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Figure 4. Acura MDX body structure. (Courtesy of Honda)

Honda Acura MDX door ring

The 2014 Acura MDX uses the world's first LWB Hot Stamp door rings. In yellow (Figure 4), the Usibor LWB single multi-thickness door ring part (A-B pillars) provides three advantages: Improved energy management through uninterrupted laser produced joints, improved weight using LWB-PHS, and improved fit and finish (optimum BIW geometry and doors setting accuracy with functionalities in a single, big part).

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Figure 5. Products localization. (Courtesy of Honda)

Figure 5 shows the location of supply and manufacture of the Acura, and also shows how it is manufactured using the laser technology (Step 2).

Usibor Coils are produced at the Indiana Harbor plant of ArcelorMittal USA. The flat LWB-PHS door ring is produced at AMTB Pioneer (Pioneer, OH), a key factory of ArcelorMittal Tailored Blanks Americas Ltd (AMTB A Ltd.)

AMTB Pioneer operates seven high power laser welding lines and one fully automated ablation line, which is the first of its kind in North America. This process is shown in Figure 6, where the top surface material is removed without thermal damage to the inner material. This is accomplished because of the high peak laser power (megawatts). Today, this extreme high power is only possible with short pulse lasers. For each LWB-PHS seam, both sub-blanks' edges must be ablated on the two faces.

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Figure 6. Ablation process for AlSi LWB-PHS.

The original AMTB Europe ablation system used two 450W (average) laser generators—two Q-switched Rofin lasers (with 75mJ pulse energy at 450W, the largest model at that time). Now, Pioneer uses an enhanced solution, a unique Rofin 1kW laser (with 150mJ pulse energy), to simultaneously process the two faces using an integrated beamsplitter. The ablation quality is monitored in real time, and two key characteristics are observed: ablation depth with a proprietary ablation plasma monitoring and ablation width with a vision inspection measurement system.

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Figure 7. AMTB Pioneer ablation station.

Laser welding takes place at AMTB Pioneer. After ablation, the two LWB sub-blanks (front A pillar and B pillar) are laser-welded to form the final door ring. At Pioneer, the former CO2 laser welding system was upgraded with a solid-state laser technology: a 5kW fiber laser from IPG Photonics that allows high-speed laser welding. The laser is beam-switched on two substation shuttles-one dedicated to the left-hand door ring, and the second to the right-hand door ring.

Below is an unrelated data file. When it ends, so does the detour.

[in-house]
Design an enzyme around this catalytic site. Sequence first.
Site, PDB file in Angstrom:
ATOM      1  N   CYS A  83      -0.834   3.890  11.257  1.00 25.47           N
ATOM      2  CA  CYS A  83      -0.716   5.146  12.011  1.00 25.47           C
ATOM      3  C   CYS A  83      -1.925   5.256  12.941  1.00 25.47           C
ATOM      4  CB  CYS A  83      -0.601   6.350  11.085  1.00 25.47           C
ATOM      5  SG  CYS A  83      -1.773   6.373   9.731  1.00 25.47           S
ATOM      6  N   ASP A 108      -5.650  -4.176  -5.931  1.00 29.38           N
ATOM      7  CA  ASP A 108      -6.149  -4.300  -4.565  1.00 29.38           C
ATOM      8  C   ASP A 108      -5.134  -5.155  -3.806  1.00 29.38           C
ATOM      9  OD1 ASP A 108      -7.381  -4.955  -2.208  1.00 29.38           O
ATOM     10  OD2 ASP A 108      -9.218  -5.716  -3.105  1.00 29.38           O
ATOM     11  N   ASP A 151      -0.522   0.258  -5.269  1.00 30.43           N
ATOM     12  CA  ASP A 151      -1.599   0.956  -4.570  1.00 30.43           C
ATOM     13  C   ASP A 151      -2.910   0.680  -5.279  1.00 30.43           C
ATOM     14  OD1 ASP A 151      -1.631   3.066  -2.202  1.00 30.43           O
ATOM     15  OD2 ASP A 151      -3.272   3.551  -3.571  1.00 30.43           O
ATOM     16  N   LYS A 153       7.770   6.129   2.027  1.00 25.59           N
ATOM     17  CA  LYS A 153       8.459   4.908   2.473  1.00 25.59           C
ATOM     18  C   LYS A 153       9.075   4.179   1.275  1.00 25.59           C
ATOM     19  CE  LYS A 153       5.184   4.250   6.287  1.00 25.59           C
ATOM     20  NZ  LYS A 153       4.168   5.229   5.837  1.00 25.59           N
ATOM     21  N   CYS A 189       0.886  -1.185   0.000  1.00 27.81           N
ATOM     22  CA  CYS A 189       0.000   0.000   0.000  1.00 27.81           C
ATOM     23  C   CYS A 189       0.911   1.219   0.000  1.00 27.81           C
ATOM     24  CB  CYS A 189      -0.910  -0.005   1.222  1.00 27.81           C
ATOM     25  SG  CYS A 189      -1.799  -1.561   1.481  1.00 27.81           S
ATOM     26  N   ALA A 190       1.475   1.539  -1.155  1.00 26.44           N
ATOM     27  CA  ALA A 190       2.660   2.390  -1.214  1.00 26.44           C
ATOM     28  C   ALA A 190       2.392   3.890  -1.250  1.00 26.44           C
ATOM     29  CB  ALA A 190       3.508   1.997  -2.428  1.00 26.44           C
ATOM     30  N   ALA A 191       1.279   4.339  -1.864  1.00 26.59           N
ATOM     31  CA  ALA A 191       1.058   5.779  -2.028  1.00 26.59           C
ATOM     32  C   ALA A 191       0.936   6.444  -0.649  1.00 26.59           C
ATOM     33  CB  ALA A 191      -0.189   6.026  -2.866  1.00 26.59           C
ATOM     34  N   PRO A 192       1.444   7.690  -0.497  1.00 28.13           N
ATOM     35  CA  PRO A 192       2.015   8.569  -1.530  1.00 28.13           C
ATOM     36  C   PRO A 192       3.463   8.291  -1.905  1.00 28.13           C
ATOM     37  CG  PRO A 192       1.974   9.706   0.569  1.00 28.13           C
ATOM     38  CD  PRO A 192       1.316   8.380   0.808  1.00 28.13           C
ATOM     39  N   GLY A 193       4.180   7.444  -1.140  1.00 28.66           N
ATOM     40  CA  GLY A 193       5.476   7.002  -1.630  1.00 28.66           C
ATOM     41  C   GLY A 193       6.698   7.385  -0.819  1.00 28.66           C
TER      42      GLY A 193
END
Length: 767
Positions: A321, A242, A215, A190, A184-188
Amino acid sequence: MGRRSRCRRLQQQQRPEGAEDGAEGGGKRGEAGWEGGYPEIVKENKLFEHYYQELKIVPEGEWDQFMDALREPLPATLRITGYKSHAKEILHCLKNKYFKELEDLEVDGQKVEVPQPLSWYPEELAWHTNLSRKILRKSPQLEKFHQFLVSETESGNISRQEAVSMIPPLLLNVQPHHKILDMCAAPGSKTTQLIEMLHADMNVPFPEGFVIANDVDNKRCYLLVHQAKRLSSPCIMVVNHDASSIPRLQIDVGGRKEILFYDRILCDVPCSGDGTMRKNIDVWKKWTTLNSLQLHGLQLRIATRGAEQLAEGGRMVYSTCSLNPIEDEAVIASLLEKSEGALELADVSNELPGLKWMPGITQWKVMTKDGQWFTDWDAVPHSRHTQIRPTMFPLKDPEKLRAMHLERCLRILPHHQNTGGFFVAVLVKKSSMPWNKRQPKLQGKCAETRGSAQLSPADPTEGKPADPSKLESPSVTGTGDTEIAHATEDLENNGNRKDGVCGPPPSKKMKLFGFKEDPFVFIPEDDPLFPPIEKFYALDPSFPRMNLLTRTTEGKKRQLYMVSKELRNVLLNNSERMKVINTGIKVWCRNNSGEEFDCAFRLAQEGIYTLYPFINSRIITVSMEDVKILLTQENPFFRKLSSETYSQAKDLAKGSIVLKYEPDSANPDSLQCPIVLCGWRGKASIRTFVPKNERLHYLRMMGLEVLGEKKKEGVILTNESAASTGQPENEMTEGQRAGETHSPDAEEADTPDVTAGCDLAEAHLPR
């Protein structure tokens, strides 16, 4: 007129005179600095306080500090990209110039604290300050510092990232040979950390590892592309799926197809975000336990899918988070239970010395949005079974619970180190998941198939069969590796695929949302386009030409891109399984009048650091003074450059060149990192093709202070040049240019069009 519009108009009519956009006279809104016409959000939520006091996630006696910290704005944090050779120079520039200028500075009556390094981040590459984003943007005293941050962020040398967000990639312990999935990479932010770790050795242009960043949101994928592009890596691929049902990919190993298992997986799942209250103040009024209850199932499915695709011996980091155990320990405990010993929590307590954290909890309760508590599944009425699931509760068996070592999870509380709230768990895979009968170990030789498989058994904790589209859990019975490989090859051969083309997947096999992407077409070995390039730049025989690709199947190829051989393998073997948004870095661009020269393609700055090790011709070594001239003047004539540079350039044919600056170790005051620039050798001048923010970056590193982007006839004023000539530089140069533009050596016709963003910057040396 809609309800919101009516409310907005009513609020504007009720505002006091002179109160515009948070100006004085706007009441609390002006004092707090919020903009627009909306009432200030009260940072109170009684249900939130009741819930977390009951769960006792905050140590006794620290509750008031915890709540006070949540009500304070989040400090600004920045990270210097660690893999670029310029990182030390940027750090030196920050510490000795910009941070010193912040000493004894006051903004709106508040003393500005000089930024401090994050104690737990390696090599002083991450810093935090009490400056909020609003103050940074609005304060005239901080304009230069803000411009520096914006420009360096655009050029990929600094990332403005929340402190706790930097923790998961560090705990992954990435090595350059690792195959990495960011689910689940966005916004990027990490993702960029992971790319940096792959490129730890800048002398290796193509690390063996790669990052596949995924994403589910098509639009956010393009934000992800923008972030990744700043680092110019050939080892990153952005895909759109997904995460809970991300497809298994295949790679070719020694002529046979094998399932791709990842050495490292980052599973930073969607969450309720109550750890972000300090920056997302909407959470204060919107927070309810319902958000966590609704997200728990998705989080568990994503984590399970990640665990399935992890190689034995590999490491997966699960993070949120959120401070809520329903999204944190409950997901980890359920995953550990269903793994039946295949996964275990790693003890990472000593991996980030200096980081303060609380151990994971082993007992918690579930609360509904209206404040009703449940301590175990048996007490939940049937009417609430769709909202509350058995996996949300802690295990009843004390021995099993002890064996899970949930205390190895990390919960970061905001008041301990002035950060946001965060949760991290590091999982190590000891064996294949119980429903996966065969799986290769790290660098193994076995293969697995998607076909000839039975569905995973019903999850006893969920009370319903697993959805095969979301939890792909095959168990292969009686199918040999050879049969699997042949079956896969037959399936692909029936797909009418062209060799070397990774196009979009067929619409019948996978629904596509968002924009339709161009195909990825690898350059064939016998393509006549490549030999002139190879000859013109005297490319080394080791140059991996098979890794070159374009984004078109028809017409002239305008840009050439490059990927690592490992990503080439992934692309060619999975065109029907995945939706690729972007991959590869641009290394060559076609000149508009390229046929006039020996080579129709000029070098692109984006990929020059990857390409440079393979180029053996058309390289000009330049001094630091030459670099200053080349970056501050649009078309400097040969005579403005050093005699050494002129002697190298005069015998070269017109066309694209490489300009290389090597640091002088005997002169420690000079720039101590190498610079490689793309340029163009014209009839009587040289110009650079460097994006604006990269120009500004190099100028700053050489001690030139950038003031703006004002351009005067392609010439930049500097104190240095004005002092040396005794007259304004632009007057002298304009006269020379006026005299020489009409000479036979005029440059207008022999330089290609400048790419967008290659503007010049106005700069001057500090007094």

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Figure 8. AMTB Pioneer welding station.

Hot forming and trimming (Step 3 of Figure 5) of the LWB-PHS Acura MDX door ring is accomplished at Magna/Cosma (Eagle Bend, TN). The part is heated up to 930°C and then stamped in a cold die. With 1750 × 1600mm size, it's one of the world's largest hot-stamped parts currently in production.

At the end of the quenching process, the steel grade reaches 1500 MPa (UTS property) and more than 480 Hv in hardness. The dramatic increase in the steel properties makes it very difficult to mechanically trim the final stamped part. Cosma uses laser cutting systems to cut the formed door ring into its final shape. Using a 3D laser cutting system for trimming eliminates tool wear.

Future

The success of this LWB-PHS single door ring allows BIW engineers to design more complicated LWB-PHS parts for enhanced body performance. Why not a full LWB-PHS body-side (A-B-C pillar, double door ring)? Why not laser-blanking: High-speed laser cutting of the primary sub-blanks directly from a coil?

Acknowledgement

Usibor 1500 P and Ductibor 450 & 500 PHS grades are registered trademarks of ArcelorMittal.


RENÉ VIERSTRAETE (rene.vierstraete@arcelormittal.com) is senior process laser expert at ArcelorMittal Global R&D Applications Automotive Centre in Montataire, France, and GARY BLACK (gary.black@arcelormittal.com) is director of manufacturing technology at Arcelor Mittal Tailored Blanks Americas Ltd. in Concord, ON, Canada.